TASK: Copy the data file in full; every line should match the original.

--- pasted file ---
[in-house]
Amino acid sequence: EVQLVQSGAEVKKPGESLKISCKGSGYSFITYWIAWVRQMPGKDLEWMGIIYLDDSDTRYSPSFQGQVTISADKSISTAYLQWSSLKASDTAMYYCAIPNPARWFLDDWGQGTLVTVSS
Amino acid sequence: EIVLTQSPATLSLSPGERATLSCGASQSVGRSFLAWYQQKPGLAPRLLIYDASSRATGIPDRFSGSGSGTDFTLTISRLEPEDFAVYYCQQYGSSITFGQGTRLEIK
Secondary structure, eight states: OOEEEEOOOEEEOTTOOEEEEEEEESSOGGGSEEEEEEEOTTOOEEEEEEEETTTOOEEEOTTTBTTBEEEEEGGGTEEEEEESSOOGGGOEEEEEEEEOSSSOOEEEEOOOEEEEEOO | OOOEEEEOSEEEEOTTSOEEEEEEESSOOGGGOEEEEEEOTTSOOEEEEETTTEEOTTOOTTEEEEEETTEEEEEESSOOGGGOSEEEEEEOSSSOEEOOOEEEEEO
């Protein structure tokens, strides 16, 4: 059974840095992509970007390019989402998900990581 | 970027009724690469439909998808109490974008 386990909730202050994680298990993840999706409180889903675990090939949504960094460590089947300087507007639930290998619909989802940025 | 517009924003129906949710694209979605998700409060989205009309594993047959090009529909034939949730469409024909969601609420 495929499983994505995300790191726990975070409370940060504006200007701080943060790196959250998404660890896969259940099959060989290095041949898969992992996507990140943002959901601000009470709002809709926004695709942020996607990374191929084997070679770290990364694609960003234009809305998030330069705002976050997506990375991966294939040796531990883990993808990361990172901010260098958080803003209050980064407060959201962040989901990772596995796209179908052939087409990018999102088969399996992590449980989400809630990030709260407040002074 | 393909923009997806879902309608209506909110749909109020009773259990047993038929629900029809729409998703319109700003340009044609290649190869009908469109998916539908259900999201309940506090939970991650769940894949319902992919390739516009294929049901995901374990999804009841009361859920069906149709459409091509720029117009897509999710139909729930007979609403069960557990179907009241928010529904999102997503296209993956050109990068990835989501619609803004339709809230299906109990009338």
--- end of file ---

[in-house]
Amino acid sequence: EVQLVQSGAEVKKPGESLKISCKGSGYSFITYWIAWVRQMPGKDLEWMGIIYLDDSDTRYSPSFQGQVTISADKSISTAYLQWSSLKASDTAMYYCAIPNPARWFLDDWGQGTLVTVSS
Amino acid sequence: EIVLTQSPATLSLSPGERATLSCGASQSVGRSFLAWYQQKPGLAPRLLIYDASSRATGIPDRFSGSGSGTDFTLTISRLEPEDFAVYYCQQYGSSITFGQGTRLEIK
Secondary structure, eight states: OOEEEEOOOEEEOTTOOEEEEEEEESSOGGGSEEEEEEEOTTOOEEEEEEEETTTOOEEEOTTTBTTBEEEEEGGGTEEEEEESSOOGGGOEEEEEEEEOSSSOOEEEEOOOEEEEEOO | OOOEEEEOSEEEEOTTSOEEEEEEESSOOGGGOEEEEEEOTTSOOEEEEETTTEEOTTOOTTEEEEEETTEEEEEESSOOGGGOSEEEEEEOSSSOEEOOOEEEEEO
């Protein structure tokens, strides 16, 4: 059974840095992509970007390019989402998900990581 | 970027009724690469439909998808109490974008 386990909730202050994680298990993840999706409180889903675990090939949504960094460590089947300087507007639930290998619909989802940025 | 517009924003129906949710694209979605998700409060989205009309594993047959090009529909034939949730469409024909969601609420 495929499983994505995300790191726990975070409370940060504006200007701080943060790196959250998404660890896969259940099959060989290095041949898969992992996507990140943002959901601000009470709002809709926004695709942020996607990374191929084997070679770290990364694609960003234009809305998030330069705002976050997506990375991966294939040796531990883990993808990361990172901010260098958080803003209050980064407060959201962040989901990772596995796209179908052939087409990018999102088969399996992590449980989400809630990030709260407040002074 | 393909923009997806879902309608209506909110749909109020009773259990047993038929629900029809729409998703319109700003340009044609290649190869009908469109998916539908259900999201309940506090939970991650769940894949319902992919390739516009294929049901995901374990999804009841009361859920069906149709459409091509720029117009897509999710139909729930007979609403069960557990179907009241928010529904999102997503296209993956050109990068990835989501619609803004339709809230299906109990009338």